Review: “BANG!”

Now that I am back to attending Friday ‘Game Nights’, it’s time to review a few games that I’ve never played before, plus a handful of games that I haven’t played in a long time. Stay tuned!


The first game is one that I played years ago, one that we played this past Friday for the first time in a long time: BANG!
BANG!
Year Published: 2002
Players: 4-7 (8, if you have some of the expansions)
Ages: 10+
Time: about 30-45 minutes


BANG! takes the players back to the Wild West, where the rule of the land was the rule of the Gun: kill or be killed.
Roles and Characters
Players draw a card from a Role Deck; this determines who will be playing as one of the following roles (with stats and a basic strategy):
Outlaw: there are 2-4 Outlaws per game (dependent on the amount of players). There mission is to kill the Sheriff. Killing Deputies is an on-the-job perk.
Deputy: There are 1 or 2 Deputies. The Deputies’ mission is to protect the Sheriff by killing both the Outlaws and the Renegade.
Renegade: There is only 1 Renegade in the base game. Their mission is unique: not only be the last man/woman standing, but to do it by killing the Sheriff last. In essence: ‘help’ the Sheriff and Deputies by killing the Outlaws, then take out the Deputies, then finish off the Sheriff and become the new Sheriff!
Sheriff: the Sheriff’s mission is, with the help of their Deputy/Deputies, to kill the Outlaws and the Renegade.
There are also 22 Character Cards in the game, with each being a knockoff of a famous/infamous Wild West character. Each player draws 2 cards and chooses the one character that appeals to them the most; if neither card is suitable, a 3rd card drawn. However, that card is the one you keep.

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For this game, I drew the Deputy (all players keep their roles hidden) and chose Greg Digger; for each player that dies, I regain 2 life. The ‘bullets’ are how many life points you start with – most start with 3 or 4 points, the Sheriff always starts with 5, and no one can go above their starting levels.


Cards
There are many types of non-character cards that can be mainly grouped into categories: Blue Border, Green Border, and Brown Border.

robroost9shot

  • Green borders are mainly from an expansion pack Called ‘Dodge City!’. They are useable items (like an Iron Plate, which provides armor), weapons, and other beneficial items. They are placed in front of you but are not playable for 1 turn.
  • Blue borders prop up your offensive and defensive capabilities with armor (like that barrel in the above picture) and weapons. There are also items like that ‘Jail’ card: it takes a person out of play for at least one round. A ‘Dynamite’ stick could take a person out of the game for good. They are also played in front of you.
  • Brown borders are your basic cards, such as: ‘Bang!’ (which are attacks that deal a point of damage), ‘Missed!’ (which negates ‘Bang!’ cards), ‘Beer’ (which heal you for a point), ‘Indians’ (everyone takes a point of damage, unless they something to negate it), and a ‘General Store’ – it lets you draw a number of cards equal to the number players, turn all of those cards face-up, and each player gets to pick one for their hand.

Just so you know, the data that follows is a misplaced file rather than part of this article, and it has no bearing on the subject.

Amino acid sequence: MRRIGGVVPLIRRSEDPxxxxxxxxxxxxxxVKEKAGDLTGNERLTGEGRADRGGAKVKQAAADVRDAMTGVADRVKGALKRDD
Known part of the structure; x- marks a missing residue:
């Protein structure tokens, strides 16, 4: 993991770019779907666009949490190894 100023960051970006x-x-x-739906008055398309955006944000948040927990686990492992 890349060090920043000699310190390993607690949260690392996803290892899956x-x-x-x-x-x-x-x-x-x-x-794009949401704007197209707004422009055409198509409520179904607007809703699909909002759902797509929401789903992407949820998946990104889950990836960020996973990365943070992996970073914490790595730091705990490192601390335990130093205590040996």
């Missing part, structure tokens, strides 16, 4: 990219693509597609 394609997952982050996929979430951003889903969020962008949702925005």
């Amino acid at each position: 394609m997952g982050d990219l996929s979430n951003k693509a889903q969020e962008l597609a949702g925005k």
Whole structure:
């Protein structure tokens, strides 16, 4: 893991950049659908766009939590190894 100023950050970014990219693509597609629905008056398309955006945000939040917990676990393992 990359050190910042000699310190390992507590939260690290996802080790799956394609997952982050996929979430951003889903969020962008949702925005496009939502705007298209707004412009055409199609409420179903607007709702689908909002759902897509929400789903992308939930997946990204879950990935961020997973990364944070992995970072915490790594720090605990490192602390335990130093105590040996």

When in doubt, follow the icons on the bottom of the cards. Or ask.


Game Play
Like in the Roles and Characters sections, your winning scenario depends on what role you drew. Each player is dealt 4 cards to start. At the beginning of each player’s turn, they draw 2 cards. You then can play as many cards as possible to fortify yourself, weaken your enemies, and get closer to your goal.
Some specific rules include:

  • You can’t have 2 weapons (Blue) at the same time; one must be discarded
  • You can only play one ‘Bang!’ card per turn, unless your character allows for more or you have a weapon that can fire more than once per round.
  • If you kill an Outlaw, even if you are an Outlaw, you get to draw 3 cards as a “Bounty”.
  • If the Sheriff kills his or her’s Deputy, they lose all items and cards from thier hands. If the Deputy kills the Sheriff, the Outlaws win, even if they are all dead.

Once you have played your cards (you don’t have to play anything, if you don’t want to…), you discard any remaining cards down to your current life points: if you have 1 LP left, you can only have 1 card at the end of your turn. Rinse and repeat until there is a winner!
An example game: the Sheriff has to reveal their identity; everyone else stays secret, until they die or win the game. Erin is the Sheriff, I am her Deputy (hidden ID). I should then go after the other players: Scotty, J.R., Jill, and Evan. If anyone else attacks Erin, then I know that they are Outlaws (or a confused Renegade); if they attack me, they could be Outlaws OR the Renegade. Evan is killed by me and is revealed to be an Outlaw; I get 3 cards as a Bounty. Erin kills Jill and she is revealed to be an Outlaw; Erin gets 3 cards. Scotty kills me and I reveal my identity; Scotty now makes the game hard for the Sherriff, Erin, as she won’t know who the Renegade is until they make a move. Scotty does NOT attack or kill Erin on his turn; this reveals him as the Renegade. J.R. gets killed by Erin, leaving her to go one-on-one with Scotty. Erin kills Scotty, who confirms his identity as the Renegade, and wins the game!


Bang! is a very fun, pretty quick game. It’s simple enough – once you get used to what the symbols mean on each card – for beginner board and card game players, but veteran players will still be entertained. I would recommend it as a go-between game: one played between lengthier games. You won’t go wrong!

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